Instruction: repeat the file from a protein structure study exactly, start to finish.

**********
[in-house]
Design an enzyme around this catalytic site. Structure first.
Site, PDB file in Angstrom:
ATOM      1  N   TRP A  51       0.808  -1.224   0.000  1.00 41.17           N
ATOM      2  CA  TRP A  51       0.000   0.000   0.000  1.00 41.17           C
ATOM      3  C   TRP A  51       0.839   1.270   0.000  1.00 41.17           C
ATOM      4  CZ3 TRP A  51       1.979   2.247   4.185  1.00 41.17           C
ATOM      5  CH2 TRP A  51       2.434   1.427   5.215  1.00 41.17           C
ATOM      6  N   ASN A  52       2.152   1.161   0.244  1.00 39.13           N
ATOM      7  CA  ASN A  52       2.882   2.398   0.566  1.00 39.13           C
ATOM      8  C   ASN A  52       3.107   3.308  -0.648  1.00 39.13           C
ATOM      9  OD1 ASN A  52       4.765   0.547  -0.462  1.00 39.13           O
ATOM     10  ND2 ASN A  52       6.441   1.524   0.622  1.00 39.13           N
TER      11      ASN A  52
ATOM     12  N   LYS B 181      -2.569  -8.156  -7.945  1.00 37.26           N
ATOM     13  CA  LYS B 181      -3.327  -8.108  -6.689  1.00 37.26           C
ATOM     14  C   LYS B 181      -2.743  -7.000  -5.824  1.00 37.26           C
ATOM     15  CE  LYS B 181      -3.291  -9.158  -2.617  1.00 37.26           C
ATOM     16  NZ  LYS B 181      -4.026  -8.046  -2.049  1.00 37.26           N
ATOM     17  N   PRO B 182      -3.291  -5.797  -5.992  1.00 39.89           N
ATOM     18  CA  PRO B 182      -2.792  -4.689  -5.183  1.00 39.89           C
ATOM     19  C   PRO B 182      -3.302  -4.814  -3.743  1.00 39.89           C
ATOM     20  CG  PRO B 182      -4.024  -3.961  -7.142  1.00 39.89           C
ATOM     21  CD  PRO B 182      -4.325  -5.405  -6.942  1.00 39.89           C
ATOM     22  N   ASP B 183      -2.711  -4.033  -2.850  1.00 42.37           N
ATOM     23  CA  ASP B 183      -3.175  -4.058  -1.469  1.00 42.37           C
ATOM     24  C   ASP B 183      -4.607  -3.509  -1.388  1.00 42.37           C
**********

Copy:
[in-house]
Design an enzyme around this catalytic site. Structure first.
Site, PDB file in Angstrom:
ATOM      1  N   TRP A  51       0.808  -1.224   0.000  1.00 41.17           N
ATOM      2  CA  TRP A  51       0.000   0.000   0.000  1.00 41.17           C
ATOM      3  C   TRP A  51       0.839   1.270   0.000  1.00 41.17           C
ATOM      4  CZ3 TRP A  51       1.979   2.247   4.185  1.00 41.17           C
ATOM      5  CH2 TRP A  51       2.434   1.427   5.215  1.00 41.17           C
ATOM      6  N   ASN A  52       2.152   1.161   0.244  1.00 39.13           N
ATOM      7  CA  ASN A  52       2.882   2.398   0.566  1.00 39.13           C
ATOM      8  C   ASN A  52       3.107   3.308  -0.648  1.00 39.13           C
ATOM      9  OD1 ASN A  52       4.765   0.547  -0.462  1.00 39.13           O
ATOM     10  ND2 ASN A  52       6.441   1.524   0.622  1.00 39.13           N
TER      11      ASN A  52
ATOM     12  N   LYS B 181      -2.569  -8.156  -7.945  1.00 37.26           N
ATOM     13  CA  LYS B 181      -3.327  -8.108  -6.689  1.00 37.26           C
ATOM     14  C   LYS B 181      -2.743  -7.000  -5.824  1.00 37.26           C
ATOM     15  CE  LYS B 181      -3.291  -9.158  -2.617  1.00 37.26           C
ATOM     16  NZ  LYS B 181      -4.026  -8.046  -2.049  1.00 37.26           N
ATOM     17  N   PRO B 182      -3.291  -5.797  -5.992  1.00 39.89           N
ATOM     18  CA  PRO B 182      -2.792  -4.689  -5.183  1.00 39.89           C
ATOM     19  C   PRO B 182      -3.302  -4.814  -3.743  1.00 39.89           C
ATOM     20  CG  PRO B 182      -4.024  -3.961  -7.142  1.00 39.89           C
ATOM     21  CD  PRO B 182      -4.325  -5.405  -6.942  1.00 39.89           C
ATOM     22  N   ASP B 183      -2.711  -4.033  -2.850  1.00 42.37           N
ATOM     23  CA  ASP B 183      -3.175  -4.058  -1.469  1.00 42.37           C
ATOM     24  C   ASP B 183      -4.607  -3.509  -1.388  1.00 42.37           C